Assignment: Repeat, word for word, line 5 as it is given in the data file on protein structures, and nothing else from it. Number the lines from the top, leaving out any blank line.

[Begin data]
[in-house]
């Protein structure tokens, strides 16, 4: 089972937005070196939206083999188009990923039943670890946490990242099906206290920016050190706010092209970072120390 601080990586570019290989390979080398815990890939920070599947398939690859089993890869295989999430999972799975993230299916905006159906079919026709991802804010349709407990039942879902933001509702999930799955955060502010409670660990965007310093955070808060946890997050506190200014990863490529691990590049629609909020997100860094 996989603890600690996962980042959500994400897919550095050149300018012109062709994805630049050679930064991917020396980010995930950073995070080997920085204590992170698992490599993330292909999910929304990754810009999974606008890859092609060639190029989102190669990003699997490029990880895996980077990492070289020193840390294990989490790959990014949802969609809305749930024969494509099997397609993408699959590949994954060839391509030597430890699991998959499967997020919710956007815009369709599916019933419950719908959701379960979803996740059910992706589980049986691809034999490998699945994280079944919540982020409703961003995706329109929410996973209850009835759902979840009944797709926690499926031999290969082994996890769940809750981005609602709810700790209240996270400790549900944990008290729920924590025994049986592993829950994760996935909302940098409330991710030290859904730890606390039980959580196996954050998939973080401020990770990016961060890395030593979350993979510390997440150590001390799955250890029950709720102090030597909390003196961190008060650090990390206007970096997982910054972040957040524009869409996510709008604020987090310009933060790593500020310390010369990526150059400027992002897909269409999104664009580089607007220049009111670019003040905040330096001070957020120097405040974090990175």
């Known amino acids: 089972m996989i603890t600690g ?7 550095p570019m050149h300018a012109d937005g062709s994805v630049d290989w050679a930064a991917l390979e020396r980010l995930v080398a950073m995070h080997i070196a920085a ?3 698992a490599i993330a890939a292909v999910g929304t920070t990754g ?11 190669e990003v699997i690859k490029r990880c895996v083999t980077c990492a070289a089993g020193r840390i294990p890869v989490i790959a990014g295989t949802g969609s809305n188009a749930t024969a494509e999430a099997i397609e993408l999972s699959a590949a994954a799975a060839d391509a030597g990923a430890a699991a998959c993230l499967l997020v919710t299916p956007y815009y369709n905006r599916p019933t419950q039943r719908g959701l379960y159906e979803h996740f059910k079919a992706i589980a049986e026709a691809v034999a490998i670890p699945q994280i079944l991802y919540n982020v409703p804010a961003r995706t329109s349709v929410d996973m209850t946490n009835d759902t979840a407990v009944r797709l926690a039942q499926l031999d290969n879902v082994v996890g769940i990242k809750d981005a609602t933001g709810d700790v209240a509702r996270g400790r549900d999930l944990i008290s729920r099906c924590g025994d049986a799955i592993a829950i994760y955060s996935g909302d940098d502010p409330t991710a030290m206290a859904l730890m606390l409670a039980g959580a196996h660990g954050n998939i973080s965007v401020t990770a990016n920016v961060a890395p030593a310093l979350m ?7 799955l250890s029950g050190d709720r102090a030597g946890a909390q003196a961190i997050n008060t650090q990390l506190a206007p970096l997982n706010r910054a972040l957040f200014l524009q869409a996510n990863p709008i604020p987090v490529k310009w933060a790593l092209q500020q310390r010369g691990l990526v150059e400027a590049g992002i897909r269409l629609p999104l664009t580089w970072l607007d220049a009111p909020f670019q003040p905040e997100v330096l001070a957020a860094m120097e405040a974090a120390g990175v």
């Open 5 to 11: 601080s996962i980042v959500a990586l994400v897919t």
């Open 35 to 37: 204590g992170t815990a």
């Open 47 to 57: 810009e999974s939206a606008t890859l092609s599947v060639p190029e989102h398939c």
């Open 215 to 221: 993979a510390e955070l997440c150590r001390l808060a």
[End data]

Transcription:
């Open 35 to 37: 204590g992170t815990a």